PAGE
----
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There’s an old maxim that says you can’t manage what you can’t see. That has never been truer than when it comes to cloud computing environments. That lack of visibility, however, also creates opportunities for managed service providers (MSPs) to fill that void.

A survey of over 2,000 IT and security professionals conducted by the Cloud Security Alliance (CSA) on behalf of Dazz, finds well over three-quarters (77 percent) lack full transparency into their cloud computing environments.

Not surprisingly, organizations find cloud security to be difficult to both attain and maintain. For example, well over a third (38 percent) estimate that 21-40 percent of their code contains vulnerabilities. Meanwhile, 19 percent estimate 41-60 percent of their code contains vulnerabilities. Another 13 percent estimate they have vulnerabilities in 61-80 percent of their code.

Remediating those vulnerabilities remains a significant challenge for most organizations. On average, organizations are dealing with a daily queue of 55 security vulnerabilities per day, of which one to three are typically critical. Teams can address only 270 vulnerabilities within a month, meaning many of these vulnerabilities are rolling over day after day. In general, there are four phases to remediation, with each phase requiring between three and six hours. It is easy to see how some organizations with limited resources can reach a point where they never catch up. The report notes that more than half of the vulnerabilities that have been remediated reoccur within a month. This is often because the root cause was never properly addressed.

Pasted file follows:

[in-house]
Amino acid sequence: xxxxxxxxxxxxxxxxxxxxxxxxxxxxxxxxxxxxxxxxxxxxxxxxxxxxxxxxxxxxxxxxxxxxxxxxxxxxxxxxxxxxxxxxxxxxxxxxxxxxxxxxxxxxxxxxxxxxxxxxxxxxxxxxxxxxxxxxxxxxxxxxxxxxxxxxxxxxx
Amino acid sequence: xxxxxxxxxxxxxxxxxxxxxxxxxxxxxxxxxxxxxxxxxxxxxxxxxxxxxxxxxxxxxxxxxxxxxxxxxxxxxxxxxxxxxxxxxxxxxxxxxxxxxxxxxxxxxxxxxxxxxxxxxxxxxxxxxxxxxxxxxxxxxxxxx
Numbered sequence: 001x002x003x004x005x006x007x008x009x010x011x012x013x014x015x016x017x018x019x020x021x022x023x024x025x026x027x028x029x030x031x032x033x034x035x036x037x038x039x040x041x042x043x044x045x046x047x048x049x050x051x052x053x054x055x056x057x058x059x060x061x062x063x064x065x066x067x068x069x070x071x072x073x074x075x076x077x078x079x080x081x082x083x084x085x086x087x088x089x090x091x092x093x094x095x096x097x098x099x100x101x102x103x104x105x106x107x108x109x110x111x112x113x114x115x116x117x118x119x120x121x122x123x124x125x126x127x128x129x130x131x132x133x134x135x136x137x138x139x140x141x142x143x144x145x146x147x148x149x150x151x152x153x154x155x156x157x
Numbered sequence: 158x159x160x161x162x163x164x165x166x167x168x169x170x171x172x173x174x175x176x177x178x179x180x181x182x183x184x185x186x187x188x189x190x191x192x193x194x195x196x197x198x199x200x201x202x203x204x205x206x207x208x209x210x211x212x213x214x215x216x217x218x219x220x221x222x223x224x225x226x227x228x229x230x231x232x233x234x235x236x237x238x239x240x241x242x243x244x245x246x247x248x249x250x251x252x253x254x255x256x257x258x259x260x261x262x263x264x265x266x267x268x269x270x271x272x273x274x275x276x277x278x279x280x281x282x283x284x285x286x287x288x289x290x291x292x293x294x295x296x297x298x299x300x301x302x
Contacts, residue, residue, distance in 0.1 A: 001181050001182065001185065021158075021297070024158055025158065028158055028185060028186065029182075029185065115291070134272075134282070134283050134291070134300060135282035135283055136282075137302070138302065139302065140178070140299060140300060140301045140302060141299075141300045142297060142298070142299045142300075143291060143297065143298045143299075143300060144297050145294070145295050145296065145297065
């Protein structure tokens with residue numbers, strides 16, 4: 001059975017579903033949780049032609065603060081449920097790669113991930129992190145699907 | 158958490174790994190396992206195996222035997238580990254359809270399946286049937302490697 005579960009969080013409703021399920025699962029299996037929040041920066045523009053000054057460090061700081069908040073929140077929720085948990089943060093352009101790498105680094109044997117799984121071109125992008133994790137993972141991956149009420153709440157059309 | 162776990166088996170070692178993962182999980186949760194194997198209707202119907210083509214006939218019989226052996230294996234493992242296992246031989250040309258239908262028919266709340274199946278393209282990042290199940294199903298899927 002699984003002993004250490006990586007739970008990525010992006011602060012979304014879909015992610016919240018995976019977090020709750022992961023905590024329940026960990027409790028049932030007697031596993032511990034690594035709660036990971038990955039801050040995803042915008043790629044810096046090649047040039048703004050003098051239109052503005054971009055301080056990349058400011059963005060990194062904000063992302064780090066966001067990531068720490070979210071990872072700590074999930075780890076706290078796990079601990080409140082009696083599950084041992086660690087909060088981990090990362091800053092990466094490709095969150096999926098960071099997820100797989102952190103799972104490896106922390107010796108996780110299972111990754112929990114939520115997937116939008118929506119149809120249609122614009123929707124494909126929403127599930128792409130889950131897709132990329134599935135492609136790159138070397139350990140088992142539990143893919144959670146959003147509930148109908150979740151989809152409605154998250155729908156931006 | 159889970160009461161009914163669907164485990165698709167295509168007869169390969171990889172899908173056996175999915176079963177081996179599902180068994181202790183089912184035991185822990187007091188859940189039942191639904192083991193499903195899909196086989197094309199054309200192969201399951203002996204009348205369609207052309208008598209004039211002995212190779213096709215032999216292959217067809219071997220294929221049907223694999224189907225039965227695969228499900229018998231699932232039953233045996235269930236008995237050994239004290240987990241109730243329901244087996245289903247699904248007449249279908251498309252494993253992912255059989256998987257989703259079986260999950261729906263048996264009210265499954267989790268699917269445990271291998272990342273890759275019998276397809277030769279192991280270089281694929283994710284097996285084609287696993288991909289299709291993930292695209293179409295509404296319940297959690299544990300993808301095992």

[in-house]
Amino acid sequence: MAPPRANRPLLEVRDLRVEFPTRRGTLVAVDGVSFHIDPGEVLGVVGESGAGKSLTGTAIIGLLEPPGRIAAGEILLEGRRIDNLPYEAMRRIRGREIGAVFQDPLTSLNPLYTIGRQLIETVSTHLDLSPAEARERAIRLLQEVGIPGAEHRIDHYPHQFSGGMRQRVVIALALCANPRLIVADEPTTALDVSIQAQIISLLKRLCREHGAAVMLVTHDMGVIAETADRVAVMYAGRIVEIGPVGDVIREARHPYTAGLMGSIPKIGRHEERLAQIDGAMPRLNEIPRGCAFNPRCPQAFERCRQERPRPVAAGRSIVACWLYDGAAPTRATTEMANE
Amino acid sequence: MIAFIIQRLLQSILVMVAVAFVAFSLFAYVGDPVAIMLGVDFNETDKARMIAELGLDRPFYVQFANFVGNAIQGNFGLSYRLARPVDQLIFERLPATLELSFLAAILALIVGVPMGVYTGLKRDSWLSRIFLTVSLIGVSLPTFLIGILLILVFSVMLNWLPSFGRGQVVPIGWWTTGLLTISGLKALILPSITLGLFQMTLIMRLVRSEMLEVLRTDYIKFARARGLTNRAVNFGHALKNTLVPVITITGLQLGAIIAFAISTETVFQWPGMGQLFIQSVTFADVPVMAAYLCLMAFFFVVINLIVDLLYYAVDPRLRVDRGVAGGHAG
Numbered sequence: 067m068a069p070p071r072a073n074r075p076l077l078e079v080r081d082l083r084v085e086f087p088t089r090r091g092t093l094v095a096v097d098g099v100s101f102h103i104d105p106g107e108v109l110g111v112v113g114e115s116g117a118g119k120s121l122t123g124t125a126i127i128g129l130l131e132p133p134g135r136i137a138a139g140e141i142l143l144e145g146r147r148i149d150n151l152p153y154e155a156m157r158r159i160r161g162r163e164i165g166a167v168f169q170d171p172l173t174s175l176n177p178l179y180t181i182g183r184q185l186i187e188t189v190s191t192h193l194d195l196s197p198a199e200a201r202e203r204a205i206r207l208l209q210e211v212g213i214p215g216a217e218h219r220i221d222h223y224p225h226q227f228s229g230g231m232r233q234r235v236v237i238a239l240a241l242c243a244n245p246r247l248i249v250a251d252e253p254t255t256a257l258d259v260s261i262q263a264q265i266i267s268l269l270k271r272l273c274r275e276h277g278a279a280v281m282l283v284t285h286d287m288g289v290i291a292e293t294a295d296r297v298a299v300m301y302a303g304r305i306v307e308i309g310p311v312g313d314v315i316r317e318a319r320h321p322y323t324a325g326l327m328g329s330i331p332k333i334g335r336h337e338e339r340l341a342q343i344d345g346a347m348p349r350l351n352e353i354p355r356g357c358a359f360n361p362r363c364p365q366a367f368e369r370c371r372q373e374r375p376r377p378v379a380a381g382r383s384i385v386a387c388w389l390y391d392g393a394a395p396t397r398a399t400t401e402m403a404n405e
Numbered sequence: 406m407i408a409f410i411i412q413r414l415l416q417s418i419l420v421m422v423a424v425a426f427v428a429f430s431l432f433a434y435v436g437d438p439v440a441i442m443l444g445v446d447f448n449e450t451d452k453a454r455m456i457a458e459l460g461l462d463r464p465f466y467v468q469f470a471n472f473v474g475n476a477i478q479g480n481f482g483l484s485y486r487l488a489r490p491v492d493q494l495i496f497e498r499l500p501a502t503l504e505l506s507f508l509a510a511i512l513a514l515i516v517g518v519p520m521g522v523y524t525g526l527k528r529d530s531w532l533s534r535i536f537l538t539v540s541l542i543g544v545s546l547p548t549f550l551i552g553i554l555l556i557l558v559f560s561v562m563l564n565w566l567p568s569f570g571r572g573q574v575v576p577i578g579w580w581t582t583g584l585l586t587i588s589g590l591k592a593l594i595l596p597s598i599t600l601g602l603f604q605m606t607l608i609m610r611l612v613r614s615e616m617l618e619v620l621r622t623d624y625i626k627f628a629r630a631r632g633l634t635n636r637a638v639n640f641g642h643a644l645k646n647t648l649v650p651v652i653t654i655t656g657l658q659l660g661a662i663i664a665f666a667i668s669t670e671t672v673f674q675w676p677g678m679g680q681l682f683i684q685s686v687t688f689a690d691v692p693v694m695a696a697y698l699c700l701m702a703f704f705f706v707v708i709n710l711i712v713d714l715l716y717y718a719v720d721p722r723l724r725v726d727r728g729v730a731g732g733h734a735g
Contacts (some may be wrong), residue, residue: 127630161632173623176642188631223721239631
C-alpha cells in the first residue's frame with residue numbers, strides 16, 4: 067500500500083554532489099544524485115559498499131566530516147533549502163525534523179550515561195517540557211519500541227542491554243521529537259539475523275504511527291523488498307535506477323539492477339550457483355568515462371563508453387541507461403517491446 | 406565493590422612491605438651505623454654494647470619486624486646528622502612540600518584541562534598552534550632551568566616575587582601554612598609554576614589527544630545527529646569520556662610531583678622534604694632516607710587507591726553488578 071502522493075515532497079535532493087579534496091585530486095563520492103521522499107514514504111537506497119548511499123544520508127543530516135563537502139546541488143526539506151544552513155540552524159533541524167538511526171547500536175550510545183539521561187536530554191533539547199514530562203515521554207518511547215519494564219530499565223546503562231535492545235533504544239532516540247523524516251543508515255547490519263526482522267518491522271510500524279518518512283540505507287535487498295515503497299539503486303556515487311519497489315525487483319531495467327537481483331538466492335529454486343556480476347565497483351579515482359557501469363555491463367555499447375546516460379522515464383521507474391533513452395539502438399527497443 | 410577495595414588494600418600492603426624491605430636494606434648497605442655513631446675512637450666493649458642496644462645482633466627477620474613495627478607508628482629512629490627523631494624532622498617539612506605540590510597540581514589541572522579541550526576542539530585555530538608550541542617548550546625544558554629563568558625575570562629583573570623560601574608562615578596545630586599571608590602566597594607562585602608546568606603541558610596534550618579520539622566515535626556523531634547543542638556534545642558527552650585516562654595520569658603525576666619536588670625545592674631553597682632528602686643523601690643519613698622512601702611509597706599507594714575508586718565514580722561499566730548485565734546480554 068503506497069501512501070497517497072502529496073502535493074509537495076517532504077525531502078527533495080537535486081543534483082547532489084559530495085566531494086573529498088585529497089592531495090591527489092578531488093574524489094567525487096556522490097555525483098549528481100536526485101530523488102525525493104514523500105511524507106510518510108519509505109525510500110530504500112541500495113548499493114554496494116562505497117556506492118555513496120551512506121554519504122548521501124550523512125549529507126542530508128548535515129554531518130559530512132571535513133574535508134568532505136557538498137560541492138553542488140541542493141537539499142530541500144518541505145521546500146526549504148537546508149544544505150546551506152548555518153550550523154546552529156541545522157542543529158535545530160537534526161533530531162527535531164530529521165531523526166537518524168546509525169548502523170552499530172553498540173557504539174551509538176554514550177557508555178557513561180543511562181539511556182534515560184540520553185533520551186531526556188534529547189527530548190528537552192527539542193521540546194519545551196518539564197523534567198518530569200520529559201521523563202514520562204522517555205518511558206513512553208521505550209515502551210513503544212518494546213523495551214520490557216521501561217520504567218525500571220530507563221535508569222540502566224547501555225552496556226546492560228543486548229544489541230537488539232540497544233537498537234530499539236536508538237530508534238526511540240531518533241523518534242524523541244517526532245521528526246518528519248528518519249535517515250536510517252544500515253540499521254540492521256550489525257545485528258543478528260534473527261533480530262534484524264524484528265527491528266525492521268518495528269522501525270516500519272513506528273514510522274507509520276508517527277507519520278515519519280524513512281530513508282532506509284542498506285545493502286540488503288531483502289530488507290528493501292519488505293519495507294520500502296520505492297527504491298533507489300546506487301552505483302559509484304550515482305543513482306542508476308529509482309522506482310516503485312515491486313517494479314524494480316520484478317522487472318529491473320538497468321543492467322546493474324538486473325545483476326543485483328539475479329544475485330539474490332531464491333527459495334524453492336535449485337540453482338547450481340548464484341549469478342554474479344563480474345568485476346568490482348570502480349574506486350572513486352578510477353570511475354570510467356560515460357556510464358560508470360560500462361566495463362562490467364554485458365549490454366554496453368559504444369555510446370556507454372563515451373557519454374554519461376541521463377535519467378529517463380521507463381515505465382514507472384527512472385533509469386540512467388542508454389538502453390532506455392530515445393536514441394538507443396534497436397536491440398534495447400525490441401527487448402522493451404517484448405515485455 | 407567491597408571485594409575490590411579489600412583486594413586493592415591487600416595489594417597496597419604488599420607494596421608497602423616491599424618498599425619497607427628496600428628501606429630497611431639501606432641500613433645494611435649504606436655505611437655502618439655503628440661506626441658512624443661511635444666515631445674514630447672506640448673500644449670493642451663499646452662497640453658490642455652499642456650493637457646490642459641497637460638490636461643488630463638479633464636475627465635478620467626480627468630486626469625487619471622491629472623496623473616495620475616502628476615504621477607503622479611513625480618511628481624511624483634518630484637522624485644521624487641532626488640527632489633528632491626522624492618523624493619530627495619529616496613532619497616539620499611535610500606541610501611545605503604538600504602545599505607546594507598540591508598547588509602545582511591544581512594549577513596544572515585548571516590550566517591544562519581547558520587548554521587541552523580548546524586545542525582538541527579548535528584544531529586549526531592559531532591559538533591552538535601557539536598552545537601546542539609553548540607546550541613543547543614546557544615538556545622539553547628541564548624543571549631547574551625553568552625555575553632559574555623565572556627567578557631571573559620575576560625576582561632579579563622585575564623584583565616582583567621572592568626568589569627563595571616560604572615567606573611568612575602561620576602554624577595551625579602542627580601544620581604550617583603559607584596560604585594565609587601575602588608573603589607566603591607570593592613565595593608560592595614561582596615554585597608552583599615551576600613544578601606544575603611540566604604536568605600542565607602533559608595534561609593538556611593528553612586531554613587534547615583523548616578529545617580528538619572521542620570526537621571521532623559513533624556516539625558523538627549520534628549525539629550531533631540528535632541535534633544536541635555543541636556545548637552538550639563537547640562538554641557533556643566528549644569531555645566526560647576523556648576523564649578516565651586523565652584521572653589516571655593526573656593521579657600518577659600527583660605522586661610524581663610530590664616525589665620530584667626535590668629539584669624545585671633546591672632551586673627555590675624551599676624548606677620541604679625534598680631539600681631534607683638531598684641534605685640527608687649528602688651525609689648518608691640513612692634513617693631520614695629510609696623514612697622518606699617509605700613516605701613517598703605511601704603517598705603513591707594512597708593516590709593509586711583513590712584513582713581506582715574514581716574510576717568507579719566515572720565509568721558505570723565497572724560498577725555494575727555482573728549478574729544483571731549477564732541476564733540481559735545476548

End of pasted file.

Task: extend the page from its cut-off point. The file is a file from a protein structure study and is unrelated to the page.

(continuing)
Challenges and opportunities in cloud security

Overall, 22 percent dedicate less than 20 percent of their budget to cloud security, compared to 31 percent that allocate 21-40 percent of their budget and 27 percent that invest 41-60 percent of their budget to securing cloud environments.

Just under 75 percent of respondents noted security teams spend more than 20 percent of their time performing manual tasks when addressing security vulnerabilities. This is even though 83 percent report using at least some automation in their remediation process. A whole 61 percent also noted that their organization is using three to six different detection tools, with nearly half (45 percent) considering increasing their security budgets in 2024. So, it’s probable many will be adding additional tools. However, less than a quarter (24 percent) said they feel very prepared for the cybersecurity threats their organization faces.

Less than a third (30 percent) said there is a good working relationship between the application development teams that typically provision cloud computing environments and the cybersecurity teams that are usually held accountable for maintaining cloud security.

There’s still much work to do regarding cloud security. The challenge for MSPs is convincing prospective customers that they are better equipped to manage these tasks for organizations that simply lack the required expertise, tools, processes, and resources required to do it on their own. Fortunately, a growing body of research is making it clear to everyone affected that we need a fundamentally different approach to securing cloud computing environments. It has become clear that cyberattacks are only going to continue to increase in terms of both volume and sophistication.

Photo: Nan_Got / Shutterstock

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Mike Vizard

Posted by Mike Vizard

Mike Vizard has covered IT for more than 25 years, and has edited or contributed to a number of tech publications including InfoWorld, eWeek, CRN, Baseline, ComputerWorld, TMCNet, and Digital Review. He currently blogs for IT Business Edge and contributes to CIOinsight, The Channel Insider, Programmableweb and Slashdot. Mike blogs about emerging cloud technology for Smarter MSP.

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